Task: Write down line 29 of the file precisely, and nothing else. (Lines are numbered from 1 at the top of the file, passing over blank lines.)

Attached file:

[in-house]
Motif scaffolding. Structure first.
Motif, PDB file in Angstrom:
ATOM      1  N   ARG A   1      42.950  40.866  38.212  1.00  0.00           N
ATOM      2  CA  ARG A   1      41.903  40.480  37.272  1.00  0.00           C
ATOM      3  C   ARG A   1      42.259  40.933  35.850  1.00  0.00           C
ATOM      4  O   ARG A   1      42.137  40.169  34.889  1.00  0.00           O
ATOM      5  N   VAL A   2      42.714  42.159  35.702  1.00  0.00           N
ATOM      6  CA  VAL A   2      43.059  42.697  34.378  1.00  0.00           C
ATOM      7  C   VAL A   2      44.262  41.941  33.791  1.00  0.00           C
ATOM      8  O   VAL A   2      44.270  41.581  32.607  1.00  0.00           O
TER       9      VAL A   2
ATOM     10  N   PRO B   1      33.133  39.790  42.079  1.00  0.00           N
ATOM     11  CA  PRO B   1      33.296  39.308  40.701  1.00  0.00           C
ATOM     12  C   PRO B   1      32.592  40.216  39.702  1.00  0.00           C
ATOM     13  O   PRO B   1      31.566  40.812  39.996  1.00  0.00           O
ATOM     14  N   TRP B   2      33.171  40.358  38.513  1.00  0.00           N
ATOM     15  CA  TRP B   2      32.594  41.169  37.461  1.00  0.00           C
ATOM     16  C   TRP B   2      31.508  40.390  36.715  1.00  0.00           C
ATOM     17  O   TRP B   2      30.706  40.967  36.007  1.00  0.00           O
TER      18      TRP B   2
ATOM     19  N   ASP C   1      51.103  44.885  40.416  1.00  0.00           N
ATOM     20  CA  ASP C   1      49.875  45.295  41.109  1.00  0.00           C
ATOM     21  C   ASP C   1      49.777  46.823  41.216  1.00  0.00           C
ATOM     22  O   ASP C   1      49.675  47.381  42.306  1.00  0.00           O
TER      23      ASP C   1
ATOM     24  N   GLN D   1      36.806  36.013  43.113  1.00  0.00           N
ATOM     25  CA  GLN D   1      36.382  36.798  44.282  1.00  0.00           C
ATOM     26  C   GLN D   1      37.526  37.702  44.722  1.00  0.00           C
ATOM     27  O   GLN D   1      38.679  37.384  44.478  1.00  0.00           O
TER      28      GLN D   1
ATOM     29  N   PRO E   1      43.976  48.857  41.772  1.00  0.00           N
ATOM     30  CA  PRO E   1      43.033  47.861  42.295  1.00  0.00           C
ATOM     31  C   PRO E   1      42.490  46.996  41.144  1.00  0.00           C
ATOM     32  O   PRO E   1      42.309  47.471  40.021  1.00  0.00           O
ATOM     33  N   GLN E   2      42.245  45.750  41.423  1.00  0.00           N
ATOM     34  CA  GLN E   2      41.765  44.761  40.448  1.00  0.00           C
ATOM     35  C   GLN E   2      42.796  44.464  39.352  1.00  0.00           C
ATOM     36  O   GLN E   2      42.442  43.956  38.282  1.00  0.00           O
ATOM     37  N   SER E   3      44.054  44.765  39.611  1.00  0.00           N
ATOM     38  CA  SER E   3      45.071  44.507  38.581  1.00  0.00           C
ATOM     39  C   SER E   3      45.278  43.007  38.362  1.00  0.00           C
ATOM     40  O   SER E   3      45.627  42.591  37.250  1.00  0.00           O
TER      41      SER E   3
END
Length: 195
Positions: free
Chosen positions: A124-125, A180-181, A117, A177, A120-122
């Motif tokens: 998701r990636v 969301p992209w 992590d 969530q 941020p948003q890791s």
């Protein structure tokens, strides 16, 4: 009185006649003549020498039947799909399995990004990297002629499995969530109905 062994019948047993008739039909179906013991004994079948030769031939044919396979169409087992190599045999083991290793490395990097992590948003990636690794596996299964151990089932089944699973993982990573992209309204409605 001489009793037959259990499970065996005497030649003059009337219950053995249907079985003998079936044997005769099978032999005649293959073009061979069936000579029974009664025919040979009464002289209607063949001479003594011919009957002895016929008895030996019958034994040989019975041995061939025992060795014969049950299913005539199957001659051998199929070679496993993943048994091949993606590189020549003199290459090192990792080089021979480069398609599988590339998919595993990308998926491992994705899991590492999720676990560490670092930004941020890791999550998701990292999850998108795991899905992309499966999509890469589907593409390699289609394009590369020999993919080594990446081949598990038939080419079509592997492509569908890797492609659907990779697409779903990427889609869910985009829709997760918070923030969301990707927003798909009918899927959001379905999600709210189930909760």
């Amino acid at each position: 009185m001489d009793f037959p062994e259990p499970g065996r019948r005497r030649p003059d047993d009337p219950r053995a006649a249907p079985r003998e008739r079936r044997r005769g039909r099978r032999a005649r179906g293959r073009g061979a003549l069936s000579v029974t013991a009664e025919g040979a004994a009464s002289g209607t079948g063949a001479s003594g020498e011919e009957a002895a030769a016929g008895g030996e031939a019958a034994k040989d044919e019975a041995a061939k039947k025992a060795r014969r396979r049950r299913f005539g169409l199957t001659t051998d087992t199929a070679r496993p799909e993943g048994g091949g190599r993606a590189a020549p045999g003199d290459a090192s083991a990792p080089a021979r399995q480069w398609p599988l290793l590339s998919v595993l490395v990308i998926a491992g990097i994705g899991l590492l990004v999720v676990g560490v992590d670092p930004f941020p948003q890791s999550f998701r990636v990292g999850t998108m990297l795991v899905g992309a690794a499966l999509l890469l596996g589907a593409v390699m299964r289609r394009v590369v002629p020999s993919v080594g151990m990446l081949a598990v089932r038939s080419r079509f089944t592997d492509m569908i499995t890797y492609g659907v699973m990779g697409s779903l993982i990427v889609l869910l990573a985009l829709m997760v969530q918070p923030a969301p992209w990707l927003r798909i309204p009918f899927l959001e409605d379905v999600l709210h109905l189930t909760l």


ATOM     26  C   GLN D   1      37.526  37.702  44.722  1.00  0.00           C